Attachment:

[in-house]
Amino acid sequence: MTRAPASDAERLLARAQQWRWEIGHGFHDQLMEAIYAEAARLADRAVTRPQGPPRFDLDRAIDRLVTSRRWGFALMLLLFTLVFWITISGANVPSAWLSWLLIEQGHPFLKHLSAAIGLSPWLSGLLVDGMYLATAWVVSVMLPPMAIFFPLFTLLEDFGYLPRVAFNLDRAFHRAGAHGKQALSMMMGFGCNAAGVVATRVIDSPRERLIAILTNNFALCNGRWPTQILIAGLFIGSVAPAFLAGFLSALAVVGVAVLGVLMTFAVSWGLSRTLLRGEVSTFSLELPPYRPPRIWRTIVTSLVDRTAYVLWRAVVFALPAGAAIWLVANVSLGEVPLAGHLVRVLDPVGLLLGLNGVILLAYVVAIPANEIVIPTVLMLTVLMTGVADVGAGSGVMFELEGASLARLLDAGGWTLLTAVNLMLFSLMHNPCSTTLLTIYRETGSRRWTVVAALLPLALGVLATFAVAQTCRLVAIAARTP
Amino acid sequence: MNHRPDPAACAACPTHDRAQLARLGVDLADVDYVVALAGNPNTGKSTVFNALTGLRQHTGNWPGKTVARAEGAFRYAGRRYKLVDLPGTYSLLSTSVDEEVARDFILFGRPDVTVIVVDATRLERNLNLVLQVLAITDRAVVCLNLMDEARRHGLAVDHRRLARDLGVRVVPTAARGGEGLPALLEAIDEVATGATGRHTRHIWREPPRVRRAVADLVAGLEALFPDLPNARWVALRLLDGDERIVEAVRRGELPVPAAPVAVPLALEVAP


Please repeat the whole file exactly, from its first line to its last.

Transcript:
[in-house]
Amino acid sequence: MTRAPASDAERLLARAQQWRWEIGHGFHDQLMEAIYAEAARLADRAVTRPQGPPRFDLDRAIDRLVTSRRWGFALMLLLFTLVFWITISGANVPSAWLSWLLIEQGHPFLKHLSAAIGLSPWLSGLLVDGMYLATAWVVSVMLPPMAIFFPLFTLLEDFGYLPRVAFNLDRAFHRAGAHGKQALSMMMGFGCNAAGVVATRVIDSPRERLIAILTNNFALCNGRWPTQILIAGLFIGSVAPAFLAGFLSALAVVGVAVLGVLMTFAVSWGLSRTLLRGEVSTFSLELPPYRPPRIWRTIVTSLVDRTAYVLWRAVVFALPAGAAIWLVANVSLGEVPLAGHLVRVLDPVGLLLGLNGVILLAYVVAIPANEIVIPTVLMLTVLMTGVADVGAGSGVMFELEGASLARLLDAGGWTLLTAVNLMLFSLMHNPCSTTLLTIYRETGSRRWTVVAALLPLALGVLATFAVAQTCRLVAIAARTP
Amino acid sequence: MNHRPDPAACAACPTHDRAQLARLGVDLADVDYVVALAGNPNTGKSTVFNALTGLRQHTGNWPGKTVARAEGAFRYAGRRYKLVDLPGTYSLLSTSVDEEVARDFILFGRPDVTVIVVDATRLERNLNLVLQVLAITDRAVVCLNLMDEARRHGLAVDHRRLARDLGVRVVPTAARGGEGLPALLEAIDEVATGATGRHTRHIWREPPRVRRAVADLVAGLEALFPDLPNARWVALRLLDGDERIVEAVRRGELPVPAAPVAVPLALEVAP